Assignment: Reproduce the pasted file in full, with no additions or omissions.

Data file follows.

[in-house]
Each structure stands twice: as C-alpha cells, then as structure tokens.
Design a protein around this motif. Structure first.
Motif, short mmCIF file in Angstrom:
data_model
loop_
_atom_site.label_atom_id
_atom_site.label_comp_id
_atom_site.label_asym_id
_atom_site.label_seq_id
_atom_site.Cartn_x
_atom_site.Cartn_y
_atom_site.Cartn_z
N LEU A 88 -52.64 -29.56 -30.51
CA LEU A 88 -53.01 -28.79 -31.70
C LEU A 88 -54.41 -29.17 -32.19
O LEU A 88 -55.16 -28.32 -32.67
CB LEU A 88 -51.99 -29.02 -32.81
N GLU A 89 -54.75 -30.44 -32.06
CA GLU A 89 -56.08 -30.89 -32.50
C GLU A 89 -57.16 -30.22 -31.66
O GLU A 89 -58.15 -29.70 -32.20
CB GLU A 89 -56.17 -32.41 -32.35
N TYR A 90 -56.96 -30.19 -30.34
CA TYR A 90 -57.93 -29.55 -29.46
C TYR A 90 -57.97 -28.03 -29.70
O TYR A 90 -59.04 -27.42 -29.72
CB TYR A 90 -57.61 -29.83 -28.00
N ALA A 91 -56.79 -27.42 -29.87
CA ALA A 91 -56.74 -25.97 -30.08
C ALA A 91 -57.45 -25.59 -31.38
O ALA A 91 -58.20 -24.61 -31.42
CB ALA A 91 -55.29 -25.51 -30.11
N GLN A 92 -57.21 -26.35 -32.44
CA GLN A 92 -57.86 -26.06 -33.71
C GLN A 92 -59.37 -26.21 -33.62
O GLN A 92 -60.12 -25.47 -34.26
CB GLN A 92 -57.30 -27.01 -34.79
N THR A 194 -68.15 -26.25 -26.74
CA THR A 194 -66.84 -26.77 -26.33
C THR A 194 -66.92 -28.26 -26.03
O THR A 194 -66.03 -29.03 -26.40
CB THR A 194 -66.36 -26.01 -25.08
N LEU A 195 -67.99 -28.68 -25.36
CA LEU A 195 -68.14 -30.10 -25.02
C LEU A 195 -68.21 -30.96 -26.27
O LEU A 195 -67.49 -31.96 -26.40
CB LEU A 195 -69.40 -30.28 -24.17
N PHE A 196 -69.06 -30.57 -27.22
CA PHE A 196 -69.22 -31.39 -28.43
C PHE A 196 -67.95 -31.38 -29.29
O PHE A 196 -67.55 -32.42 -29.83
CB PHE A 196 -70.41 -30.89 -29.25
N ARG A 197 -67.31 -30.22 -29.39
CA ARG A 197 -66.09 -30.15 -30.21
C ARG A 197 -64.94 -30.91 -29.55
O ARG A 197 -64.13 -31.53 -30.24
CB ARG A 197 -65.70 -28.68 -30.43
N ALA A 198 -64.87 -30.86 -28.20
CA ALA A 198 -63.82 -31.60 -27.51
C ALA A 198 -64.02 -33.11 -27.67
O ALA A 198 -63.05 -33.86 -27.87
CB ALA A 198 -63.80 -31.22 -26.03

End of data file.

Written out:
[in-house]
Each structure stands twice: as C-alpha cells, then as structure tokens.
Design a protein around this motif. Structure first.
Motif, short mmCIF file in Angstrom:
data_model
loop_
_atom_site.label_atom_id
_atom_site.label_comp_id
_atom_site.label_asym_id
_atom_site.label_seq_id
_atom_site.Cartn_x
_atom_site.Cartn_y
_atom_site.Cartn_z
N LEU A 88 -52.64 -29.56 -30.51
CA LEU A 88 -53.01 -28.79 -31.70
C LEU A 88 -54.41 -29.17 -32.19
O LEU A 88 -55.16 -28.32 -32.67
CB LEU A 88 -51.99 -29.02 -32.81
N GLU A 89 -54.75 -30.44 -32.06
CA GLU A 89 -56.08 -30.89 -32.50
C GLU A 89 -57.16 -30.22 -31.66
O GLU A 89 -58.15 -29.70 -32.20
CB GLU A 89 -56.17 -32.41 -32.35
N TYR A 90 -56.96 -30.19 -30.34
CA TYR A 90 -57.93 -29.55 -29.46
C TYR A 90 -57.97 -28.03 -29.70
O TYR A 90 -59.04 -27.42 -29.72
CB TYR A 90 -57.61 -29.83 -28.00
N ALA A 91 -56.79 -27.42 -29.87
CA ALA A 91 -56.74 -25.97 -30.08
C ALA A 91 -57.45 -25.59 -31.38
O ALA A 91 -58.20 -24.61 -31.42
CB ALA A 91 -55.29 -25.51 -30.11
N GLN A 92 -57.21 -26.35 -32.44
CA GLN A 92 -57.86 -26.06 -33.71
C GLN A 92 -59.37 -26.21 -33.62
O GLN A 92 -60.12 -25.47 -34.26
CB GLN A 92 -57.30 -27.01 -34.79
N THR A 194 -68.15 -26.25 -26.74
CA THR A 194 -66.84 -26.77 -26.33
C THR A 194 -66.92 -28.26 -26.03
O THR A 194 -66.03 -29.03 -26.40
CB THR A 194 -66.36 -26.01 -25.08
N LEU A 195 -67.99 -28.68 -25.36
CA LEU A 195 -68.14 -30.10 -25.02
C LEU A 195 -68.21 -30.96 -26.27
O LEU A 195 -67.49 -31.96 -26.40
CB LEU A 195 -69.40 -30.28 -24.17
N PHE A 196 -69.06 -30.57 -27.22
CA PHE A 196 -69.22 -31.39 -28.43
C PHE A 196 -67.95 -31.38 -29.29
O PHE A 196 -67.55 -32.42 -29.83
CB PHE A 196 -70.41 -30.89 -29.25
N ARG A 197 -67.31 -30.22 -29.39
CA ARG A 197 -66.09 -30.15 -30.21
C ARG A 197 -64.94 -30.91 -29.55
O ARG A 197 -64.13 -31.53 -30.24
CB ARG A 197 -65.70 -28.68 -30.43
N ALA A 198 -64.87 -30.86 -28.20
CA ALA A 198 -63.82 -31.60 -27.51
C ALA A 198 -64.02 -33.11 -27.67
O ALA A 198 -63.05 -33.86 -27.87
CB ALA A 198 -63.80 -31.22 -26.03